Some had wheels that flipped, but these had to be pushed or pulled. Some of the early 19th-century push toy trains were made from tinplate, such as the big, durable, stylized locomotive toys from the U.S., which were painted red and gold and decorated with hearts and flowers. model trains layouts for sale
Around 1875, technological improvements in materials and manufacturing enabled tin to be scraped, cut, wrapped, and lithographed faster than previously.
Toy trains were altered when Märklin, a German company that specialized in doll house accessories, sought to make an equal toy for boys in which a constant revenue stream could be guaranteed by purchasing add-on accessories for decades after the first purchase. Along with boxed sets comprising a train and monitor, Märklin offered extra track, rolling stock, and buildings offered separately, creating the predecessor to the modern model train layout featuring buildings and scenery along with a working train.
Electric trains adopted, with the first appearing in 1897, produced from the U.S. company Carlisle & Finch. As home use of power became more common in the early 20th century, electrical trains gained popularity and as time moved on, these electrical trains grew in sophistication, gaining light, the ability to change direction, to emit a whistling noise, to smoke, to remotely couple and uncouple cars as well as load and unload freight. Toy trains by the first half of the 20th century were often made of lithographed tin; afterwards trains were often made mainly of plastic.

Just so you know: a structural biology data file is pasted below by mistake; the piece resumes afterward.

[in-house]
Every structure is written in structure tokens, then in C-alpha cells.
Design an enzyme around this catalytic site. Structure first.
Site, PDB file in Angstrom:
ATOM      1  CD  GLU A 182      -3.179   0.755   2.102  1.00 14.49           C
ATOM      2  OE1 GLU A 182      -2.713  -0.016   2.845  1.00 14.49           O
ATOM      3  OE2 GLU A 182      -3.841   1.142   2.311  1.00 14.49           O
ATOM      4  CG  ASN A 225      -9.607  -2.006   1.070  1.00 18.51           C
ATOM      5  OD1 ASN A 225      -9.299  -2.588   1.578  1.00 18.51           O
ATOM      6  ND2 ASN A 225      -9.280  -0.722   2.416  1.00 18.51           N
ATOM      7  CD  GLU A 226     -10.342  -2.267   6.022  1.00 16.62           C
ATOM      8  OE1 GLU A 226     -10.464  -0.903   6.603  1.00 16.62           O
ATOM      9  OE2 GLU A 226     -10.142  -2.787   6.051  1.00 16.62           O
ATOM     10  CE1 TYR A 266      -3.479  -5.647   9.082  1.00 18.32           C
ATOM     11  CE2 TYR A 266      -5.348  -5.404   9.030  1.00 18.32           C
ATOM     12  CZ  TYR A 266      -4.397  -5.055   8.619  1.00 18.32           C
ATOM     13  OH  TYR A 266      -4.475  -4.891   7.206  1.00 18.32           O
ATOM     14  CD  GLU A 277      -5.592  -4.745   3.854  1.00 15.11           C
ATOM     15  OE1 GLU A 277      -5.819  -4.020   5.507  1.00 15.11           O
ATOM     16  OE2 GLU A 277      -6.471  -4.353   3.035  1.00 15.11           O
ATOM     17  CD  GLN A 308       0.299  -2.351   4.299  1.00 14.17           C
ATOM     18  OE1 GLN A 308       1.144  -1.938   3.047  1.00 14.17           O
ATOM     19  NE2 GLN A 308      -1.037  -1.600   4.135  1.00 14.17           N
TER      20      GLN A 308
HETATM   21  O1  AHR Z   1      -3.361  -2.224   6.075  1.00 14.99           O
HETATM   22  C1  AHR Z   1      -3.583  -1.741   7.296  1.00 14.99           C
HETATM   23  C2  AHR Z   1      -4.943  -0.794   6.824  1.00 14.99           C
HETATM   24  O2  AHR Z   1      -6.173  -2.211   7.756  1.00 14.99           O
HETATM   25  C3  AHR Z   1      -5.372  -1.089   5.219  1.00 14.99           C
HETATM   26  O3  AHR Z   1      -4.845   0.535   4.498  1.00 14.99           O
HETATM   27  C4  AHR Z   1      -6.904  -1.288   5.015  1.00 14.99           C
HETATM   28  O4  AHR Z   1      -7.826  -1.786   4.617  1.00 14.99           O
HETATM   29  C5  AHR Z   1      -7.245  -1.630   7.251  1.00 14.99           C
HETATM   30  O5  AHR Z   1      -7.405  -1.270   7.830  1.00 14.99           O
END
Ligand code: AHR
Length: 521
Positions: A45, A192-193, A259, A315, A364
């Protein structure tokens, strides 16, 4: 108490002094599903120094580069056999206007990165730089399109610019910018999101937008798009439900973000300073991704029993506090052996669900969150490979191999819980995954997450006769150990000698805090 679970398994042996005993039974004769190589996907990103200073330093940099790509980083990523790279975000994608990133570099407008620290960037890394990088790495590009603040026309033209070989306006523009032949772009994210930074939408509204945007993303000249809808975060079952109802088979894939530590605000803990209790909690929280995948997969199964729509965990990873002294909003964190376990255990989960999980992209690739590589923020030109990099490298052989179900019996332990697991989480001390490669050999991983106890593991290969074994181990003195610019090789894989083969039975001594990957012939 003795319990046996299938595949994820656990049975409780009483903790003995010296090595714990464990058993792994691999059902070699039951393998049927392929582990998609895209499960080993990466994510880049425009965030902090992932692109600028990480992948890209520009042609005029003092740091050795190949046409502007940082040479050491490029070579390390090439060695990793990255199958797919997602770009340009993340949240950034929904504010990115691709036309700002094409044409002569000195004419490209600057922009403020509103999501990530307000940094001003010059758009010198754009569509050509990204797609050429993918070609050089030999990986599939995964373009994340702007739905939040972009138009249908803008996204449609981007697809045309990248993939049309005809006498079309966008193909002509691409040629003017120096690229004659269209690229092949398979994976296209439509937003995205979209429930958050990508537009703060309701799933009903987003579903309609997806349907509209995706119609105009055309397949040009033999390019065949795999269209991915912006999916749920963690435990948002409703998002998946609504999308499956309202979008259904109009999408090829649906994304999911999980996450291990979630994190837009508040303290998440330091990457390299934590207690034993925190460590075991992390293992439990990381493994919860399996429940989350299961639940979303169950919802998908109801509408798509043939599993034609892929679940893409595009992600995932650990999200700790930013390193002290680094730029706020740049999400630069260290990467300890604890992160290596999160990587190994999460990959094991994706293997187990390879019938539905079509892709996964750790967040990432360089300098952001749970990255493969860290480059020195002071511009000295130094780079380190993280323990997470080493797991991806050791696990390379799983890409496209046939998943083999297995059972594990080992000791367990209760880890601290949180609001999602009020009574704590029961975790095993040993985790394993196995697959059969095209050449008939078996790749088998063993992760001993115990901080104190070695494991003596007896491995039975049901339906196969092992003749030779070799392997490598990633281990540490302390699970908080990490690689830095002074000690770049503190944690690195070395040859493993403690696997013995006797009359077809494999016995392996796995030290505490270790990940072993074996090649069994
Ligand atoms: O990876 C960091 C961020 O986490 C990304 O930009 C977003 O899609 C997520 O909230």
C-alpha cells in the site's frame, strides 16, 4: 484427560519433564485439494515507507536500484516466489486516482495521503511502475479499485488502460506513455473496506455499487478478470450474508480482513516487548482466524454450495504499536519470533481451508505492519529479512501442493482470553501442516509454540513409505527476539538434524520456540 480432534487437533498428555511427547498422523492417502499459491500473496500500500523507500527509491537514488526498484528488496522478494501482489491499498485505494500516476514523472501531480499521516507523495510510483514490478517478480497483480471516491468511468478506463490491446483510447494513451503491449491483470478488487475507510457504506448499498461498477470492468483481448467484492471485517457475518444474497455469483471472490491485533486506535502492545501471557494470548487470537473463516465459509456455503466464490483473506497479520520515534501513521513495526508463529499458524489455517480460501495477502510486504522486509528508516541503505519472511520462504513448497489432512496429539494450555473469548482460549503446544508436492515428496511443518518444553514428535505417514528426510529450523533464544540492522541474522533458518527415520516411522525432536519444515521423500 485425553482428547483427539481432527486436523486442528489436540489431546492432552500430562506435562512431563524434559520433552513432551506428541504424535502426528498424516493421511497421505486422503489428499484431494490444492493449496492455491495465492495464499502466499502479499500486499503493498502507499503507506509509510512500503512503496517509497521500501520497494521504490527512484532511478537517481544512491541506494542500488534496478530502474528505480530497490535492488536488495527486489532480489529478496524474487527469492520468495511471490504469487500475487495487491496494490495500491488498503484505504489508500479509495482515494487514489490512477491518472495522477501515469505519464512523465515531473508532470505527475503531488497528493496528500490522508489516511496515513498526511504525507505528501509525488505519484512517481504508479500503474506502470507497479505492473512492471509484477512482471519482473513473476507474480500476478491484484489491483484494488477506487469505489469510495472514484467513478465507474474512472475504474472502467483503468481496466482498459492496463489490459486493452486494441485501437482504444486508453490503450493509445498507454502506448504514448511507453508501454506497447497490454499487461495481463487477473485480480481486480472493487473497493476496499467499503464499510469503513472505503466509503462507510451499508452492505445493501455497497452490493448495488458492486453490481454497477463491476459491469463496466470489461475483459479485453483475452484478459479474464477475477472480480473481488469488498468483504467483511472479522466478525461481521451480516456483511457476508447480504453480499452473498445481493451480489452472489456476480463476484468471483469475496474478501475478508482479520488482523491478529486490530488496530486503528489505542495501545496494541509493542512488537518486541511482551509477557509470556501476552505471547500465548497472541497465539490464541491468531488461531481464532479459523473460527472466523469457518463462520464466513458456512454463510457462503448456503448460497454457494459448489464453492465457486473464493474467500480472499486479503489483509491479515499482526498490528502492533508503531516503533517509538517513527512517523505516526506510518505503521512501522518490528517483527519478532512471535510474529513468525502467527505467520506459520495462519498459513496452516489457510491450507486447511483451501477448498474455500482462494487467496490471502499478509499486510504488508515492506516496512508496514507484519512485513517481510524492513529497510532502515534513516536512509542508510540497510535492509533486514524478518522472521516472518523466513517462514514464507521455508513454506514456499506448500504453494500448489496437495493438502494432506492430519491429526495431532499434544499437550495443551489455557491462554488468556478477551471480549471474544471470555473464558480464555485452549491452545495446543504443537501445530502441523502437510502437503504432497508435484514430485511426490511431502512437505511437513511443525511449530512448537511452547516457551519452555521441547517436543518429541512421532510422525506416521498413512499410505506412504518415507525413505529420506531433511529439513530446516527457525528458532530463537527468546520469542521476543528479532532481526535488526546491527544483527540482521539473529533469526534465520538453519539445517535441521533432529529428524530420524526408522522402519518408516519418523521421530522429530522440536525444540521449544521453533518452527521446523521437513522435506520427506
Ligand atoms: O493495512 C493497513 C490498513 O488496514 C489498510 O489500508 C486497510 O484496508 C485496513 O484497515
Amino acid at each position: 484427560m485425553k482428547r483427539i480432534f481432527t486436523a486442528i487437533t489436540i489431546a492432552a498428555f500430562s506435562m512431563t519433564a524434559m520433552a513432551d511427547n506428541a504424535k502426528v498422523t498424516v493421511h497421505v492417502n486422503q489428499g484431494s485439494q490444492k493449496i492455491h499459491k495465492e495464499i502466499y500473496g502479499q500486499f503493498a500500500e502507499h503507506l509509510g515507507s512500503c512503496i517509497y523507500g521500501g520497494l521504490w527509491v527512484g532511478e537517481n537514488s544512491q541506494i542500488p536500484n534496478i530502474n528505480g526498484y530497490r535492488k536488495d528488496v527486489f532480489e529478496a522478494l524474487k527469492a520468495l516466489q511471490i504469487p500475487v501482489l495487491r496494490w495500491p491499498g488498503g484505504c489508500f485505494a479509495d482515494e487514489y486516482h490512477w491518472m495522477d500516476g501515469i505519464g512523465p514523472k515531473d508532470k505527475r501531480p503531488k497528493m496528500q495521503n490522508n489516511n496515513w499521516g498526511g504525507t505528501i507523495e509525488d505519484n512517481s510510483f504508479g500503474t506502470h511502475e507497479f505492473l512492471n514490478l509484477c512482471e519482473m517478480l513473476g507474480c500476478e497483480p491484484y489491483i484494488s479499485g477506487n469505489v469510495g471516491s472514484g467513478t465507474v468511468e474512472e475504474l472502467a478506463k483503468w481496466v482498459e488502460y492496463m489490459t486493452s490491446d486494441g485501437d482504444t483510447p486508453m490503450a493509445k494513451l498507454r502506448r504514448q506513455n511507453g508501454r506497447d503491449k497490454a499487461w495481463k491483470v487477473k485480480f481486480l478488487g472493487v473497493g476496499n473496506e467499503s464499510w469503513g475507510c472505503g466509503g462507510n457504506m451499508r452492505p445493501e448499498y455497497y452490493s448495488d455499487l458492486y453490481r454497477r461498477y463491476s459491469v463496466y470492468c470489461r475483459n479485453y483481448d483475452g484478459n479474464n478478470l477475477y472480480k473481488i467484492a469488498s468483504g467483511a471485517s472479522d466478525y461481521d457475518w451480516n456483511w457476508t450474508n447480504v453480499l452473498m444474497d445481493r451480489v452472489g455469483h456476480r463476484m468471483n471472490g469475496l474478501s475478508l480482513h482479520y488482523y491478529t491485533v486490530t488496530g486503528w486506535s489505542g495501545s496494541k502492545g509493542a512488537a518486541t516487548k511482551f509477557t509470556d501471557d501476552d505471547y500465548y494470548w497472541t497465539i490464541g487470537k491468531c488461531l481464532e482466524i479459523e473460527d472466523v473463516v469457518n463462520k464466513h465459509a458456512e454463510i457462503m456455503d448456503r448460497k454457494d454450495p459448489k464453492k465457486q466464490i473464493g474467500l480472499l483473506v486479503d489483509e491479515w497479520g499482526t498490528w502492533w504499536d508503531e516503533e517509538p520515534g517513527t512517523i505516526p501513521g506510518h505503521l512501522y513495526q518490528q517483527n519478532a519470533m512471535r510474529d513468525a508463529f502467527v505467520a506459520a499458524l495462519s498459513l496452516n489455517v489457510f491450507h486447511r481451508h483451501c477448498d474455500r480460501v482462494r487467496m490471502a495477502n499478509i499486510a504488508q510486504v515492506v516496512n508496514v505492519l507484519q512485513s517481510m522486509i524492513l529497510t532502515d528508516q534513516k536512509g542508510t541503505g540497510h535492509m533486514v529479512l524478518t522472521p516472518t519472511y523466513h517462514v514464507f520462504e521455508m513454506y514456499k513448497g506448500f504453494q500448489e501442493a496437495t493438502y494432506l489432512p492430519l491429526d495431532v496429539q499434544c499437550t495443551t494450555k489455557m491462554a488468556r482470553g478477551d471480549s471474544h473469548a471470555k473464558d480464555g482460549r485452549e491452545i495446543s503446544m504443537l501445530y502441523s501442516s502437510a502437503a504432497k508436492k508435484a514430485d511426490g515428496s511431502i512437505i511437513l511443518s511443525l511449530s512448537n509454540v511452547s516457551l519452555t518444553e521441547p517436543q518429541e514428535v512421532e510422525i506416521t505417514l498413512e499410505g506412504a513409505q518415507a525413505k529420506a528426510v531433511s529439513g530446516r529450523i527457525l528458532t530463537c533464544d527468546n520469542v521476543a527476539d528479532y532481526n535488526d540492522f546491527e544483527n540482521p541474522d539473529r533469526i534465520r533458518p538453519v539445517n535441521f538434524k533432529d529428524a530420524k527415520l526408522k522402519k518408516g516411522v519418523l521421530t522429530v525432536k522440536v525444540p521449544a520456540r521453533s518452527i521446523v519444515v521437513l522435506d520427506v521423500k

Prior to the 1950s, there was little distinction between toy trains and model railroads–model railroads were toys by definition. Pull toys and wind-up trains were marketed by kids, while electric trains were marketed towards teens, particularly teenaged boys. It was during the 1950s that the modern emphasis on realism in model railroading began to catch on.
Today, S gauge and O gauge railroads continue to be considered toy trains by their adherents and are often accessorized with semi-scale model buildings by Plasticville or K-Line (who owns the rights to the Plasticville-like buildings created by Marx from the 1950s into the 1970s). However, due to their high price, one is more likely to find an HO scale or N scale train set at a toy store than a O scale set.
Many modern electrical toy trains comprise sophisticated electronics that emit digitized sound effects and permit the operator to securely and easily run several remote controller trains on a single loop of track. In the last few decades, many toy train operators may operate a train with a TV camera in the front part of the motor and hooked up to a display, such as computer monitor. This will show a picture, similar to that of a genuine (smaller size) railroad.
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